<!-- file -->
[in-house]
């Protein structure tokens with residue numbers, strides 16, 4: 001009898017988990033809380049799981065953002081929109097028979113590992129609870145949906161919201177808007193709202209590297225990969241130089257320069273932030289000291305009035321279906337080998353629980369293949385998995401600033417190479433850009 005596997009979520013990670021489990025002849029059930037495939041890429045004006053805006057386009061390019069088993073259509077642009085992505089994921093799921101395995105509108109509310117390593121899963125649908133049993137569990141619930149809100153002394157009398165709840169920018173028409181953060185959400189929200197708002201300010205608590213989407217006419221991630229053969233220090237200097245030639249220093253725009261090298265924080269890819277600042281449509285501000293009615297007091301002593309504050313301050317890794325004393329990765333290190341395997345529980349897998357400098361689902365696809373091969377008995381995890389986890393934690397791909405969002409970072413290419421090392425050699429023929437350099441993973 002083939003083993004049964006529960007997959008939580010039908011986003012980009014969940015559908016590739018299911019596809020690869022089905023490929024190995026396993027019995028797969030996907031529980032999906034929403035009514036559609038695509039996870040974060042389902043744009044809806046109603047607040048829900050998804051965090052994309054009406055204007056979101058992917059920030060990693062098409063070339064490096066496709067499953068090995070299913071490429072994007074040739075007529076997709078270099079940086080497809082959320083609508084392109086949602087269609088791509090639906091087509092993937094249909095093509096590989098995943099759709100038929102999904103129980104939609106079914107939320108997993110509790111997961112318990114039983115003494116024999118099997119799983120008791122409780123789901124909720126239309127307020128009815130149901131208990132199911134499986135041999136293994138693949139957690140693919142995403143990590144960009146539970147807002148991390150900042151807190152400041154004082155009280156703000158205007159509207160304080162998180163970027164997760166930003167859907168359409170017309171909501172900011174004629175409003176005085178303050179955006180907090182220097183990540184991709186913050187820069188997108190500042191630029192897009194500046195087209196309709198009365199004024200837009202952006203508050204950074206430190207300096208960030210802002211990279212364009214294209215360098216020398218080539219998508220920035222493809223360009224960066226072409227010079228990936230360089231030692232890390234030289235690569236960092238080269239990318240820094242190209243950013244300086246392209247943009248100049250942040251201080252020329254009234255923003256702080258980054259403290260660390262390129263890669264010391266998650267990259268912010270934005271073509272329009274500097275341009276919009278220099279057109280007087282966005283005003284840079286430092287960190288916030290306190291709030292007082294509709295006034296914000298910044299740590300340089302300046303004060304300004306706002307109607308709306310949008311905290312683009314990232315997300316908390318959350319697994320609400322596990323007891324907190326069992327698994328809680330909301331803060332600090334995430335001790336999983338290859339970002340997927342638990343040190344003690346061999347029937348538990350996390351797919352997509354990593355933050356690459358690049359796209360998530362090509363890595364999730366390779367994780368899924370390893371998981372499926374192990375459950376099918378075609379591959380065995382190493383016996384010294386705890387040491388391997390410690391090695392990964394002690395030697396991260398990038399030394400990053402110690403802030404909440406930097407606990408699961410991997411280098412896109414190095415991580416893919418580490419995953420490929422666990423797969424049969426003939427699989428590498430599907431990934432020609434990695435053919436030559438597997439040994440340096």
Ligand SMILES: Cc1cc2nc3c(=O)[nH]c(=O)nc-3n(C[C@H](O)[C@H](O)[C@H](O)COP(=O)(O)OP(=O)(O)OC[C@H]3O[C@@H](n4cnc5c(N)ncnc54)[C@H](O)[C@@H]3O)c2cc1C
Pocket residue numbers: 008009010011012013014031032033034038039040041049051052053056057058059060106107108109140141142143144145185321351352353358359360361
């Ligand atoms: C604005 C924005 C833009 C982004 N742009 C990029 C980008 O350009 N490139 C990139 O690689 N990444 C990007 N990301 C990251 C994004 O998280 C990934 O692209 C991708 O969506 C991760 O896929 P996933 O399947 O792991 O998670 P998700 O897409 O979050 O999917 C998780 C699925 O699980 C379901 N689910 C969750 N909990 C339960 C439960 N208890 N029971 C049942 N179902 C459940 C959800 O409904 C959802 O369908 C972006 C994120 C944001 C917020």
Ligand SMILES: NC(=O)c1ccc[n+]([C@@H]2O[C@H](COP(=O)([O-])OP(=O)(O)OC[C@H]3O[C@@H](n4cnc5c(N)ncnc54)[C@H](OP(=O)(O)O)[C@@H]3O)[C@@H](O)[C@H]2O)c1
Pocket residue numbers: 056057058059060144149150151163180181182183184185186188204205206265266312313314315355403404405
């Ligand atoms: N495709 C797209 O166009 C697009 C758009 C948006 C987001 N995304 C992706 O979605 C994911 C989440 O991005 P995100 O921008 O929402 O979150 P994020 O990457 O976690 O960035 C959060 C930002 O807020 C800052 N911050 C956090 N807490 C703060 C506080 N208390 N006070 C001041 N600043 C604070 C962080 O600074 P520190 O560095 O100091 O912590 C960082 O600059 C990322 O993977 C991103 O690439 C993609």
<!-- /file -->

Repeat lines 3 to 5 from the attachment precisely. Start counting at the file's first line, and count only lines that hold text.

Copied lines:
Ligand SMILES: Cc1cc2nc3c(=O)[nH]c(=O)nc-3n(C[C@H](O)[C@H](O)[C@H](O)COP(=O)(O)OP(=O)(O)OC[C@H]3O[C@@H](n4cnc5c(N)ncnc54)[C@H](O)[C@@H]3O)c2cc1C
Pocket residue numbers: 008009010011012013014031032033034038039040041049051052053056057058059060106107108109140141142143144145185321351352353358359360361
């Ligand atoms: C604005 C924005 C833009 C982004 N742009 C990029 C980008 O350009 N490139 C990139 O690689 N990444 C990007 N990301 C990251 C994004 O998280 C990934 O692209 C991708 O969506 C991760 O896929 P996933 O399947 O792991 O998670 P998700 O897409 O979050 O999917 C998780 C699925 O699980 C379901 N689910 C969750 N909990 C339960 C439960 N208890 N029971 C049942 N179902 C459940 C959800 O409904 C959802 O369908 C972006 C994120 C944001 C917020």